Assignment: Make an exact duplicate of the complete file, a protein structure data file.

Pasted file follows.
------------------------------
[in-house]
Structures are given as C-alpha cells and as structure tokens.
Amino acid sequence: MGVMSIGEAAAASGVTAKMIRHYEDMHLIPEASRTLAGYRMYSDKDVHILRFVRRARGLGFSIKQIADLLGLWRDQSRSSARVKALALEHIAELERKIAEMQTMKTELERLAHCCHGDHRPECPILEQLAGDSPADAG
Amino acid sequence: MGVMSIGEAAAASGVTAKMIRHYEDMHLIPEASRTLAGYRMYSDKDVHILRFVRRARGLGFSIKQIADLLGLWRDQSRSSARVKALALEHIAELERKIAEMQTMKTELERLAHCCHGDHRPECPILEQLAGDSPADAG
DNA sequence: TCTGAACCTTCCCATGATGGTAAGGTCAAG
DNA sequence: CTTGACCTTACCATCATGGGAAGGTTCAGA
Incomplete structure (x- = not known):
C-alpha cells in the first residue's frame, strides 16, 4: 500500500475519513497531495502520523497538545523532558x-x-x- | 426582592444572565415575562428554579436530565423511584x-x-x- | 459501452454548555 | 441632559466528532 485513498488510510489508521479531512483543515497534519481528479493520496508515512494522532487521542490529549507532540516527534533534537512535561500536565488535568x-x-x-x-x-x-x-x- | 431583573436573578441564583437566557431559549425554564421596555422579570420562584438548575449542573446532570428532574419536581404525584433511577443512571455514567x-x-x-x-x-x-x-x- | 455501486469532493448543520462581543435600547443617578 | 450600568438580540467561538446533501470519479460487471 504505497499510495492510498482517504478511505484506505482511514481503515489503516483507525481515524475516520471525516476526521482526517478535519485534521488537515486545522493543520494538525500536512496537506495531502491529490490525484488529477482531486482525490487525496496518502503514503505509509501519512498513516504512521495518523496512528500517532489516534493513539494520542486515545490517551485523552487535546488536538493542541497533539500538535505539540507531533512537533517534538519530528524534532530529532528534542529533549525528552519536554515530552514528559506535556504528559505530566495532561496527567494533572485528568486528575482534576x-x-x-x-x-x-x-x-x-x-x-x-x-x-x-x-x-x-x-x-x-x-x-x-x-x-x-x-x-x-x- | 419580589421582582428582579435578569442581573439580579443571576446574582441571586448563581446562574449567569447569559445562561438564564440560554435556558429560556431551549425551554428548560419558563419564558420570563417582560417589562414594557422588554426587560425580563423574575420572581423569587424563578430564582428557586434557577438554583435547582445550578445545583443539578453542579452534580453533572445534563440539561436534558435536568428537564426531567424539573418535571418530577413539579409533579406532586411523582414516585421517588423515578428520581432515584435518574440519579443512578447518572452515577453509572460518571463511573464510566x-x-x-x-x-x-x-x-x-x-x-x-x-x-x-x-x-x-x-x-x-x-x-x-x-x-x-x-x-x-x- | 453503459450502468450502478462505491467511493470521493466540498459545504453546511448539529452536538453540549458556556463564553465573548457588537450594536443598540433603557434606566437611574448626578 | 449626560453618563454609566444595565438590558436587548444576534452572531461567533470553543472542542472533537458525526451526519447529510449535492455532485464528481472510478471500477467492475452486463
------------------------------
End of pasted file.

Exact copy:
[in-house]
Structures are given as C-alpha cells and as structure tokens.
Amino acid sequence: MGVMSIGEAAAASGVTAKMIRHYEDMHLIPEASRTLAGYRMYSDKDVHILRFVRRARGLGFSIKQIADLLGLWRDQSRSSARVKALALEHIAELERKIAEMQTMKTELERLAHCCHGDHRPECPILEQLAGDSPADAG
Amino acid sequence: MGVMSIGEAAAASGVTAKMIRHYEDMHLIPEASRTLAGYRMYSDKDVHILRFVRRARGLGFSIKQIADLLGLWRDQSRSSARVKALALEHIAELERKIAEMQTMKTELERLAHCCHGDHRPECPILEQLAGDSPADAG
DNA sequence: TCTGAACCTTCCCATGATGGTAAGGTCAAG
DNA sequence: CTTGACCTTACCATCATGGGAAGGTTCAGA
Incomplete structure (x- = not known):
C-alpha cells in the first residue's frame, strides 16, 4: 500500500475519513497531495502520523497538545523532558x-x-x- | 426582592444572565415575562428554579436530565423511584x-x-x- | 459501452454548555 | 441632559466528532 485513498488510510489508521479531512483543515497534519481528479493520496508515512494522532487521542490529549507532540516527534533534537512535561500536565488535568x-x-x-x-x-x-x-x- | 431583573436573578441564583437566557431559549425554564421596555422579570420562584438548575449542573446532570428532574419536581404525584433511577443512571455514567x-x-x-x-x-x-x-x- | 455501486469532493448543520462581543435600547443617578 | 450600568438580540467561538446533501470519479460487471 504505497499510495492510498482517504478511505484506505482511514481503515489503516483507525481515524475516520471525516476526521482526517478535519485534521488537515486545522493543520494538525500536512496537506495531502491529490490525484488529477482531486482525490487525496496518502503514503505509509501519512498513516504512521495518523496512528500517532489516534493513539494520542486515545490517551485523552487535546488536538493542541497533539500538535505539540507531533512537533517534538519530528524534532530529532528534542529533549525528552519536554515530552514528559506535556504528559505530566495532561496527567494533572485528568486528575482534576x-x-x-x-x-x-x-x-x-x-x-x-x-x-x-x-x-x-x-x-x-x-x-x-x-x-x-x-x-x-x- | 419580589421582582428582579435578569442581573439580579443571576446574582441571586448563581446562574449567569447569559445562561438564564440560554435556558429560556431551549425551554428548560419558563419564558420570563417582560417589562414594557422588554426587560425580563423574575420572581423569587424563578430564582428557586434557577438554583435547582445550578445545583443539578453542579452534580453533572445534563440539561436534558435536568428537564426531567424539573418535571418530577413539579409533579406532586411523582414516585421517588423515578428520581432515584435518574440519579443512578447518572452515577453509572460518571463511573464510566x-x-x-x-x-x-x-x-x-x-x-x-x-x-x-x-x-x-x-x-x-x-x-x-x-x-x-x-x-x-x- | 453503459450502468450502478462505491467511493470521493466540498459545504453546511448539529452536538453540549458556556463564553465573548457588537450594536443598540433603557434606566437611574448626578 | 449626560453618563454609566444595565438590558436587548444576534452572531461567533470553543472542542472533537458525526451526519447529510449535492455532485464528481472510478471500477467492475452486463